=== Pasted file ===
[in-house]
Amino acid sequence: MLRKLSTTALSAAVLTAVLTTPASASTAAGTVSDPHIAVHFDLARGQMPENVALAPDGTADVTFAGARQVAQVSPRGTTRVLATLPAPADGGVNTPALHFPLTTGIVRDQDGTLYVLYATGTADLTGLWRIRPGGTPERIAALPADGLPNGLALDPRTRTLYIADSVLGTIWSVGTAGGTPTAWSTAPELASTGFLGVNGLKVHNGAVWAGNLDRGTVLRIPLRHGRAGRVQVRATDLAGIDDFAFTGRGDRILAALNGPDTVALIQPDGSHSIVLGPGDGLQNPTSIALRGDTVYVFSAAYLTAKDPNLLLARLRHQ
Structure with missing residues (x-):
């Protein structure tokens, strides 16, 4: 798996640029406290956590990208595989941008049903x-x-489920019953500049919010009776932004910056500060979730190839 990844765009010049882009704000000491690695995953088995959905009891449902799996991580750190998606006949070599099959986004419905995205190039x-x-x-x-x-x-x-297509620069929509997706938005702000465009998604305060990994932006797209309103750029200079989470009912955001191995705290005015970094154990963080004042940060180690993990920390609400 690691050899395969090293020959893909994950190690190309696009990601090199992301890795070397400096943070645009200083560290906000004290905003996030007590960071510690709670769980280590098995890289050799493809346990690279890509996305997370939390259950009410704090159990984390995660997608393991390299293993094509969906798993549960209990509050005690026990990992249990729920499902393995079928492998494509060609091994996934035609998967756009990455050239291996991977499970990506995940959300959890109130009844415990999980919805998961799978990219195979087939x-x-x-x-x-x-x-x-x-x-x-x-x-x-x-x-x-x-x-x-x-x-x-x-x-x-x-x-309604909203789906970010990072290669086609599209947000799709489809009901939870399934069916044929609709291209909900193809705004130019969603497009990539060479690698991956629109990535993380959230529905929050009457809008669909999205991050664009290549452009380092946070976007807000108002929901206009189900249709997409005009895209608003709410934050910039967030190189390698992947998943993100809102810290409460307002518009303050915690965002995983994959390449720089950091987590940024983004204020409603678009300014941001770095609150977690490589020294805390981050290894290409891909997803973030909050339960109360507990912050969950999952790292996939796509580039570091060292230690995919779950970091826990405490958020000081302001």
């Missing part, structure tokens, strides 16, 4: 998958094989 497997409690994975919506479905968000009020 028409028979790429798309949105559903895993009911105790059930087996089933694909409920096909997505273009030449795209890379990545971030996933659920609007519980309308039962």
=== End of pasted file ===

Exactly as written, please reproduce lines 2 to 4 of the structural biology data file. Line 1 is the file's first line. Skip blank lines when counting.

Amino acid sequence: MLRKLSTTALSAAVLTAVLTTPASASTAAGTVSDPHIAVHFDLARGQMPENVALAPDGTADVTFAGARQVAQVSPRGTTRVLATLPAPADGGVNTPALHFPLTTGIVRDQDGTLYVLYATGTADLTGLWRIRPGGTPERIAALPADGLPNGLALDPRTRTLYIADSVLGTIWSVGTAGGTPTAWSTAPELASTGFLGVNGLKVHNGAVWAGNLDRGTVLRIPLRHGRAGRVQVRATDLAGIDDFAFTGRGDRILAALNGPDTVALIQPDGSHSIVLGPGDGLQNPTSIALRGDTVYVFSAAYLTAKDPNLLLARLRHQ
Structure with missing residues (x-):
């Protein structure tokens, strides 16, 4: 798996640029406290956590990208595989941008049903x-x-489920019953500049919010009776932004910056500060979730190839 990844765009010049882009704000000491690695995953088995959905009891449902799996991580750190998606006949070599099959986004419905995205190039x-x-x-x-x-x-x-297509620069929509997706938005702000465009998604305060990994932006797209309103750029200079989470009912955001191995705290005015970094154990963080004042940060180690993990920390609400 690691050899395969090293020959893909994950190690190309696009990601090199992301890795070397400096943070645009200083560290906000004290905003996030007590960071510690709670769980280590098995890289050799493809346990690279890509996305997370939390259950009410704090159990984390995660997608393991390299293993094509969906798993549960209990509050005690026990990992249990729920499902393995079928492998494509060609091994996934035609998967756009990455050239291996991977499970990506995940959300959890109130009844415990999980919805998961799978990219195979087939x-x-x-x-x-x-x-x-x-x-x-x-x-x-x-x-x-x-x-x-x-x-x-x-x-x-x-x-309604909203789906970010990072290669086609599209947000799709489809009901939870399934069916044929609709291209909900193809705004130019969603497009990539060479690698991956629109990535993380959230529905929050009457809008669909999205991050664009290549452009380092946070976007807000108002929901206009189900249709997409005009895209608003709410934050910039967030190189390698992947998943993100809102810290409460307002518009303050915690965002995983994959390449720089950091987590940024983004204020409603678009300014941001770095609150977690490589020294805390981050290894290409891909997803973030909050339960109360507990912050969950999952790292996939796509580039570091060292230690995919779950970091826990405490958020000081302001």